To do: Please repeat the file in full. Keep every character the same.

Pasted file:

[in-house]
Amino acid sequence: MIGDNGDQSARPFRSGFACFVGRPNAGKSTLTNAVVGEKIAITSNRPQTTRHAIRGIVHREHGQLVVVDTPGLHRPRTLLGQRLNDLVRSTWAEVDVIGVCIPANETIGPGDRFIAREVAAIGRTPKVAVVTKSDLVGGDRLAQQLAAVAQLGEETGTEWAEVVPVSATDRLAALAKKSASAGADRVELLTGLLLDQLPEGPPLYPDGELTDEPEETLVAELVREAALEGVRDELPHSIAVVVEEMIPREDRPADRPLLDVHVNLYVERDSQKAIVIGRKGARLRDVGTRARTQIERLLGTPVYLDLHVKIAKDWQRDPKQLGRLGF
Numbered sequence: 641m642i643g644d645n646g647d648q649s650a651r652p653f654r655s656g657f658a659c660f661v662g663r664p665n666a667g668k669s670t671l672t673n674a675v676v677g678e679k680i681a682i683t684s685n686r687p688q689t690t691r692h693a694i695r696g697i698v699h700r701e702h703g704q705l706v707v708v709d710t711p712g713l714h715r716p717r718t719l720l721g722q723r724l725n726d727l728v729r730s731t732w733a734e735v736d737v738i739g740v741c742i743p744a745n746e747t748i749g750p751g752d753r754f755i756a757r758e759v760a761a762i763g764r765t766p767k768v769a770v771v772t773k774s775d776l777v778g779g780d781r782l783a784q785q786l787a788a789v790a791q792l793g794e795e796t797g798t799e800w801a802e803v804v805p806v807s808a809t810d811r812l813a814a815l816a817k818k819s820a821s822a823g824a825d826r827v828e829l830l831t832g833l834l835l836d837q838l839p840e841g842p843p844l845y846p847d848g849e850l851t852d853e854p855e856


[in-house]
Amino acid sequence: MIGDNGDQSARPFRSGFACFVGRPNAGKSTLTNAVVGEKIAITSNRPQTTRHAIRGIVHREHGQLVVVDTPGLHRPRTLLGQRLNDLVRSTWAEVDVIGVCIPANETIGPGDRFIAREVAAIGRTPKVAVVTKSDLVGGDRLAQQLAAVAQLGEETGTEWAEVVPVSATDRLAALAKKSASAGADRVELLTGLLLDQLPEGPPLYPDGELTDEPEETLVAELVREAALEGVRDELPHSIAVVVEEMIPREDRPADRPLLDVHVNLYVERDSQKAIVIGRKGARLRDVGTRARTQIERLLGTPVYLDLHVKIAKDWQRDPKQLGRLGF
Numbered sequence: 641m642i643g644d645n646g647d648q649s650a651r652p653f654r655s656g657f658a659c660f661v662g663r664p665n666a667g668k669s670t671l672t673n674a675v676v677g678e679k680i681a682i683t684s685n686r687p688q689t690t691r692h693a694i695r696g697i698v699h700r701e702h703g704q705l706v707v708v709d710t711p712g713l714h715r716p717r718t719l720l721g722q723r724l725n726d727l728v729r730s731t732w733a734e735v736d737v738i739g740v741c742i743p744a745n746e747t748i749g750p751g752d753r754f755i756a757r758e759v760a761a762i763g764r765t766p767k768v769a770v771v772t773k774s775d776l777v778g779g780d781r782l783a784q785q786l787a788a789v790a791q792l793g794e795e796t797g798t799e800w801a802e803v804v805p806v807s808a809t810d811r812l813a814a815l816a817k818k819s820a821s822a823g824a825d826r827v828e829l830l831t832g833l834l835l836d837q838l839p840e841g842p843p844l845y846p847d848g849e850l851t852d853e854p855e856